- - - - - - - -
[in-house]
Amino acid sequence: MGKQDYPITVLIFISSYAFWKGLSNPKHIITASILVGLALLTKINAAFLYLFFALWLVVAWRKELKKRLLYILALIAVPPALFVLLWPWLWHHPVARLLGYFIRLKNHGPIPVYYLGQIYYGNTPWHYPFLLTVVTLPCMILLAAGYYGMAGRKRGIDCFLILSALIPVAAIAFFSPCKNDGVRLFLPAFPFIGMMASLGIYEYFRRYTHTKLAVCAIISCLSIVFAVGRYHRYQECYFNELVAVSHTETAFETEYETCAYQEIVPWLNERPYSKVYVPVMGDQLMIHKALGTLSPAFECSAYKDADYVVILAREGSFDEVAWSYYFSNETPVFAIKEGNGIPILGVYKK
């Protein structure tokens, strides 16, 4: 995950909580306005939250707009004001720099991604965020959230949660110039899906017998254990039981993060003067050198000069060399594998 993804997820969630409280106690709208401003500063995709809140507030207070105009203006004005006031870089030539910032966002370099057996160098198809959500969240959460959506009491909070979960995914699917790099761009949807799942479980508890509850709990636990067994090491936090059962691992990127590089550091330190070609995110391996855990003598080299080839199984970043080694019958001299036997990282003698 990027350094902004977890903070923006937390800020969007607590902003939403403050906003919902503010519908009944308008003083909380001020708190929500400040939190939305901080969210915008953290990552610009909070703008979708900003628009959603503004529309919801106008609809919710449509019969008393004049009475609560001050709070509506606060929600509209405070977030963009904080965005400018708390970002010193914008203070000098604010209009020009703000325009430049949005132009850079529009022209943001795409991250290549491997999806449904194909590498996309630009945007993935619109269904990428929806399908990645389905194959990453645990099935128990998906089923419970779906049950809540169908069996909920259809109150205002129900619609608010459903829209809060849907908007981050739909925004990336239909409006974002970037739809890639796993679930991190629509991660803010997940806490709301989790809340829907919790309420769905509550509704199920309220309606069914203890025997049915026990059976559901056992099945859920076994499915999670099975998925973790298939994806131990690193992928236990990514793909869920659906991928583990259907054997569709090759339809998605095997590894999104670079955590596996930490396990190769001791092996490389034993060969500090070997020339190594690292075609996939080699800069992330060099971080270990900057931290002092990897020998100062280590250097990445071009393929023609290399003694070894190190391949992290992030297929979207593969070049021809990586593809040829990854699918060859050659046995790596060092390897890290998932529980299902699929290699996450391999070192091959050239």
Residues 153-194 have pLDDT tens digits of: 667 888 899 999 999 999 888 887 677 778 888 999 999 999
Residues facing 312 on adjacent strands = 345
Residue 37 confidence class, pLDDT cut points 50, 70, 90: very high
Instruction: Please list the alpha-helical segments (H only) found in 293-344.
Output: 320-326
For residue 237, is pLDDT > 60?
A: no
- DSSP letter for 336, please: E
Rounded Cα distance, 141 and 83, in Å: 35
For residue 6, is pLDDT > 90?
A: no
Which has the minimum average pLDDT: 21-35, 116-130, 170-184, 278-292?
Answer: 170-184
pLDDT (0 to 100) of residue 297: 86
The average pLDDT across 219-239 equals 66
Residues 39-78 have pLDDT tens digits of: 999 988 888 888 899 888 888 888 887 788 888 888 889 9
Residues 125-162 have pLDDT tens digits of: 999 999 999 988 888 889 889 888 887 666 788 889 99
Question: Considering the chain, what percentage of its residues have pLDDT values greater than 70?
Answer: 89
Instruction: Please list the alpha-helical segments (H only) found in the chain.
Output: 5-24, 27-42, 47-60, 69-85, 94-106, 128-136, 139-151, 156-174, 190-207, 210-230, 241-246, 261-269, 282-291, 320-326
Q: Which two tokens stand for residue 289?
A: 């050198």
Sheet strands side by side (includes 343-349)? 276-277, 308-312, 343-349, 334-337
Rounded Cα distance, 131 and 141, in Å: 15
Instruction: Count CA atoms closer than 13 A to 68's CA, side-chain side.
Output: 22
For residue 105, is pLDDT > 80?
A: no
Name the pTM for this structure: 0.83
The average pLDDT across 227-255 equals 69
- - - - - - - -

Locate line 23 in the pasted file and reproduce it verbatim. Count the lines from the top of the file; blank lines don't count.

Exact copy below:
Instruction: Please list the alpha-helical segments (H only) found in the chain.